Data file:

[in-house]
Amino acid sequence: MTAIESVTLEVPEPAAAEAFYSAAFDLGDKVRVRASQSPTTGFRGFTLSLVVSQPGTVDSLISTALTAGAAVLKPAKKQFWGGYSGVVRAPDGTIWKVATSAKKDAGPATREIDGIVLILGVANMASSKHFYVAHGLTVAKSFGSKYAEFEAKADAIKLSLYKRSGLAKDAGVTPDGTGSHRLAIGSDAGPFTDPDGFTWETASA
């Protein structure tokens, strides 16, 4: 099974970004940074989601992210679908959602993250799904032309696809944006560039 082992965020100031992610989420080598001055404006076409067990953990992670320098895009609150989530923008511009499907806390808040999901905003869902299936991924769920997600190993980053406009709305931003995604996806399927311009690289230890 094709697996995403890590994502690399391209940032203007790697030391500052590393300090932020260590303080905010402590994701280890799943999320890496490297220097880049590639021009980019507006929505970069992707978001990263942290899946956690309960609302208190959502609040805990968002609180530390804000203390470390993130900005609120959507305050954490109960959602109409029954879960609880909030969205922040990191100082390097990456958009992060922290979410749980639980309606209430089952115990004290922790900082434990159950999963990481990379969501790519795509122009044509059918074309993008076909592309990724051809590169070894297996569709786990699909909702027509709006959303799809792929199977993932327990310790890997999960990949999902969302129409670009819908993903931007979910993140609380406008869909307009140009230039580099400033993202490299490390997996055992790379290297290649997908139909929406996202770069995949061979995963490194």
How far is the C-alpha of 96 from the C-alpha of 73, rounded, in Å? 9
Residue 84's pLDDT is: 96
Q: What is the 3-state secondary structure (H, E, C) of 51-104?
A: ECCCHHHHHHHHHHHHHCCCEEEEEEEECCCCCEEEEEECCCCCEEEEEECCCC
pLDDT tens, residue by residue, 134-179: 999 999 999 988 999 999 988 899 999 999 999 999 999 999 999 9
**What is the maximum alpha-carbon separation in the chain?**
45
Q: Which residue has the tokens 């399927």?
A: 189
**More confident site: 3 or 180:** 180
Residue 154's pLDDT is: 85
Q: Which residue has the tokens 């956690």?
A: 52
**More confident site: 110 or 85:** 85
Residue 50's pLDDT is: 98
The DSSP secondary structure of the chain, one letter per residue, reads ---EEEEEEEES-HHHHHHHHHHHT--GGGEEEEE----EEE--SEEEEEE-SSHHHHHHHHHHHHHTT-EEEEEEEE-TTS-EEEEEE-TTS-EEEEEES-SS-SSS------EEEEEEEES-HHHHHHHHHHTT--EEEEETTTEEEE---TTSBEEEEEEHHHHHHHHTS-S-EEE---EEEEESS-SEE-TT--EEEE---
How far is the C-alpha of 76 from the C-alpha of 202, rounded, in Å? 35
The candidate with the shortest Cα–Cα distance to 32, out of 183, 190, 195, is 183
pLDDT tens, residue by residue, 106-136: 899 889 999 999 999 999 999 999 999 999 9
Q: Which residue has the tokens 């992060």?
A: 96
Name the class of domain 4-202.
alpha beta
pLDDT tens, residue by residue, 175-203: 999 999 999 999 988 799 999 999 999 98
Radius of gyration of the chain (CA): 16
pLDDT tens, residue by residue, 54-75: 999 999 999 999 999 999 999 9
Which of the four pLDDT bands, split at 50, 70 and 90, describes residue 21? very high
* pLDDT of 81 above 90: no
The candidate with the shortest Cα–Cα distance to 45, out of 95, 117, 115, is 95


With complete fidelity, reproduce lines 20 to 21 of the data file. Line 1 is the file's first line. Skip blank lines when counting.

How far is the C-alpha of 76 from the C-alpha of 202, rounded, in Å? 35
The candidate with the shortest Cα–Cα distance to 32, out of 183, 190, 195, is 183